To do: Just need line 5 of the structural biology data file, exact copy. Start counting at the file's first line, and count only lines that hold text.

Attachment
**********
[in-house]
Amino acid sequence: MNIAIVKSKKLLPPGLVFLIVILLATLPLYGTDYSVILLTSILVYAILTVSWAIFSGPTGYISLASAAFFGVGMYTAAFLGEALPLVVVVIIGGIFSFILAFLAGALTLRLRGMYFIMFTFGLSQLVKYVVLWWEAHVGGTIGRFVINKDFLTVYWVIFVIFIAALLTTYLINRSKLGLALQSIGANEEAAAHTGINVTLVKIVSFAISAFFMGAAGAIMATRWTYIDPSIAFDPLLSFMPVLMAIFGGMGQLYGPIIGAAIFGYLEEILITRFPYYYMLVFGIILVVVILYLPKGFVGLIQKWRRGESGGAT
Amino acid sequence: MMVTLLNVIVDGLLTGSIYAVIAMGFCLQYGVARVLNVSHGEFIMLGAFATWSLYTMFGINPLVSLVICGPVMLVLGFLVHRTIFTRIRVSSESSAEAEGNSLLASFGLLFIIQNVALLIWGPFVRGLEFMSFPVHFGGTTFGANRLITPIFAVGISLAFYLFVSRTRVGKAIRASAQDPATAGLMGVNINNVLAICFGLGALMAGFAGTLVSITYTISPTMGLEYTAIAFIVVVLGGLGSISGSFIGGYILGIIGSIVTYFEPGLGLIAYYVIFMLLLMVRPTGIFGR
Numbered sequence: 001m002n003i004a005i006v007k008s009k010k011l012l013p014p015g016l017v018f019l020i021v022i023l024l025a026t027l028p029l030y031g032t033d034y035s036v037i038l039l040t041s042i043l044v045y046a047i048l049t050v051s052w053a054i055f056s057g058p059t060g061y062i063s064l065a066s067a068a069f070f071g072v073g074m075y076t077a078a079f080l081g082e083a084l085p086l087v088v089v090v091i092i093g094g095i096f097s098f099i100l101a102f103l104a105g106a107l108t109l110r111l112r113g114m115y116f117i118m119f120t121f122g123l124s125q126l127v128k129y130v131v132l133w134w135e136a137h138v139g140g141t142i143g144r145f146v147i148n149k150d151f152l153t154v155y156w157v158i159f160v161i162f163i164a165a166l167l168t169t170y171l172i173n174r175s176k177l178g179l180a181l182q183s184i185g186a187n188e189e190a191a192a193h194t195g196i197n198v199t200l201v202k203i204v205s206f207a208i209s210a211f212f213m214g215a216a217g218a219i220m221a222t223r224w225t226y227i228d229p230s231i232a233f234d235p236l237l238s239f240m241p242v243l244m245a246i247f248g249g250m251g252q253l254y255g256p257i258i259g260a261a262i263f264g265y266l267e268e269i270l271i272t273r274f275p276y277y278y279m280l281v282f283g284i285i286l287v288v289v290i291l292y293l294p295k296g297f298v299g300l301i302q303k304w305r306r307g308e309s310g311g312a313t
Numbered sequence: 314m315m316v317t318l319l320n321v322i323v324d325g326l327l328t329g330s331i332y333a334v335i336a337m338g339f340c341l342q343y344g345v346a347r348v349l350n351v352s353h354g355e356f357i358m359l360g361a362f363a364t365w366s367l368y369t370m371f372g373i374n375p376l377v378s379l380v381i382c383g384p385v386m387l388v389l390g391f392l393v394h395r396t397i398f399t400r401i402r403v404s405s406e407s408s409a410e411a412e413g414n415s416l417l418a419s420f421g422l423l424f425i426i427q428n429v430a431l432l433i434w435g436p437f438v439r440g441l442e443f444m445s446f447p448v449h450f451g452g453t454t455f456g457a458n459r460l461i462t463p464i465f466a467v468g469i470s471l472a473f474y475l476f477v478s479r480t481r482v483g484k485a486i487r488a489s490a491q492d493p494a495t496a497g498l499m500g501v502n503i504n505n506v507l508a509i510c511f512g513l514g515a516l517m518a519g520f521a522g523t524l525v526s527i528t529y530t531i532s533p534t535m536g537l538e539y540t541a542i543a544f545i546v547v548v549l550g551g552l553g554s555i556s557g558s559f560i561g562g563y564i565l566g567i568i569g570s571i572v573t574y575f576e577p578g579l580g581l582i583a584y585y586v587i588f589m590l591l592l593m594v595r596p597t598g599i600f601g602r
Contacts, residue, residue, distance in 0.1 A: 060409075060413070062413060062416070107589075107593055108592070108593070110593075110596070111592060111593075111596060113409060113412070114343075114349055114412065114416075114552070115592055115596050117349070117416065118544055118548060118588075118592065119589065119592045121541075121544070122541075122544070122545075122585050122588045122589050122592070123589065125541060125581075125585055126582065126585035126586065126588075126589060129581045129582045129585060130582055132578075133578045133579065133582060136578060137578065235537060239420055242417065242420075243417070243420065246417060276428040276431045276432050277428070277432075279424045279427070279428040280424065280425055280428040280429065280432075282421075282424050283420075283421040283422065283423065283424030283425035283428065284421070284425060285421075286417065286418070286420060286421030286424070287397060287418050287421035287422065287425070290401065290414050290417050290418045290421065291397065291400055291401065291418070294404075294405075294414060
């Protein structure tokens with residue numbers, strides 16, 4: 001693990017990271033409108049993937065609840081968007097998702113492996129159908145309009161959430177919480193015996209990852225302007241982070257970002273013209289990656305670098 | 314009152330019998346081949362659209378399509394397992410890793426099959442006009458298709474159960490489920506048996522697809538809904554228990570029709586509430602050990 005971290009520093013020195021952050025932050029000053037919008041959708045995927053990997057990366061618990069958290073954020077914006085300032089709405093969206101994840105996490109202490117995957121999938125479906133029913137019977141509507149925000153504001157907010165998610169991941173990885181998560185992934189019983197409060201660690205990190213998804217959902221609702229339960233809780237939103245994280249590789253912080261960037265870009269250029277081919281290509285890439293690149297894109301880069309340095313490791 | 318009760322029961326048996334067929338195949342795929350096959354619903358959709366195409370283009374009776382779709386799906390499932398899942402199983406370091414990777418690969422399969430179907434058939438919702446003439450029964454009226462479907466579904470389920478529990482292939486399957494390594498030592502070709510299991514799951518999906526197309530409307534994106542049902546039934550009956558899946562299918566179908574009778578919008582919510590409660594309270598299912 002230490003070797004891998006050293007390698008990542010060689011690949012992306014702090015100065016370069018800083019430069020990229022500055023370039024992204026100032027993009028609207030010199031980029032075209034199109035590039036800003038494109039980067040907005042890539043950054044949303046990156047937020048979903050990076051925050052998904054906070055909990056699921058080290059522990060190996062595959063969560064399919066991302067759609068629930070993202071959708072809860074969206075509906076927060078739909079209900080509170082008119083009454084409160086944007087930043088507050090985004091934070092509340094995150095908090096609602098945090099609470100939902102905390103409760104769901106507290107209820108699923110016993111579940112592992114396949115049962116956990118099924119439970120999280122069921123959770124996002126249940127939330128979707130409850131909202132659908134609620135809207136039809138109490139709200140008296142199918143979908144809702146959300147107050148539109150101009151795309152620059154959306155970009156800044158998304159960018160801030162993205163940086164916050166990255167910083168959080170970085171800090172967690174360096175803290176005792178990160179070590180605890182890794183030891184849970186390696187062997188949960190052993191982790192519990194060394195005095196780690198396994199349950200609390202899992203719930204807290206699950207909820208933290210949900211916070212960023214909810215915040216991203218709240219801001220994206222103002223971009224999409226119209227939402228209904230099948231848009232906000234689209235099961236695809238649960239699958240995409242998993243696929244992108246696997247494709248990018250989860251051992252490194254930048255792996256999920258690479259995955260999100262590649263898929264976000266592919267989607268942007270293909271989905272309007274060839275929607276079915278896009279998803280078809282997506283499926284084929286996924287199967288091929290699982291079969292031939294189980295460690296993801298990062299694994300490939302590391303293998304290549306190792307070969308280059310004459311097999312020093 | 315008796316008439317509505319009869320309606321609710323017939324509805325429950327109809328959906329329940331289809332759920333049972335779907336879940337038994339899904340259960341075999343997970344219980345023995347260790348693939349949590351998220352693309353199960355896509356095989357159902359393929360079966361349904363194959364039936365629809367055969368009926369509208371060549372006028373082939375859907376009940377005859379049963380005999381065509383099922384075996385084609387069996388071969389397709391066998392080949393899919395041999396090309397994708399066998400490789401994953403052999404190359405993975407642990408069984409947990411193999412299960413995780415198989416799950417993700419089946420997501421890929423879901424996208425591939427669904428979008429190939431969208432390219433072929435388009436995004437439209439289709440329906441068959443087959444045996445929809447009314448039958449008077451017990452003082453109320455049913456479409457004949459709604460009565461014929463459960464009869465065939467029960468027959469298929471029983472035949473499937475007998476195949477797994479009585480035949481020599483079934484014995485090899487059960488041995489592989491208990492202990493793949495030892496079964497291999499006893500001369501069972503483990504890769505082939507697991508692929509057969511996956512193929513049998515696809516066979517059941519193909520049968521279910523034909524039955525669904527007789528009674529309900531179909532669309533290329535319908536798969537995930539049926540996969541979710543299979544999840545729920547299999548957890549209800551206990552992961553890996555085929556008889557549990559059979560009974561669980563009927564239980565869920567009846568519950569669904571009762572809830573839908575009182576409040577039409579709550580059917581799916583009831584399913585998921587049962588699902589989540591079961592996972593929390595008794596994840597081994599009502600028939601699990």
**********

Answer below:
Numbered sequence: 314m315m316v317t318l319l320n321v322i323v324d325g326l327l328t329g330s331i332y333a334v335i336a337m338g339f340c341l342q343y344g345v346a347r348v349l350n351v352s353h354g355e356f357i358m359l360g361a362f363a364t365w366s367l368y369t370m371f372g373i374n375p376l377v378s379l380v381i382c383g384p385v386m387l388v389l390g391f392l393v394h395r396t397i398f399t400r401i402r403v404s405s406e407s408s409a410e411a412e413g414n415s416l417l418a419s420f421g422l423l424f425i426i427q428n429v430a431l432l433i434w435g436p437f438v439r440g441l442e443f444m445s446f447p448v449h450f451g452g453t454t455f456g457a458n459r460l461i462t463p464i465f466a467v468g469i470s471l472a473f474y475l476f477v478s479r480t481r482v483g484k485a486i487r488a489s490a491q492d493p494a495t496a497g498l499m500g501v502n503i504n505n506v507l508a509i510c511f512g513l514g515a516l517m518a519g520f521a522g523t524l525v526s527i528t529y530t531i532s533p534t535m536g537l538e539y540t541a542i543a544f545i546v547v548v549l550g551g552l553g554s555i556s557g558s559f560i561g562g563y564i565l566g567i568i569g570s571i572v573t574y575f576e577p578g579l580g581l582i583a584y585y586v587i588f589m590l591l592l593m594v595r596p597t598g599i600f601g602r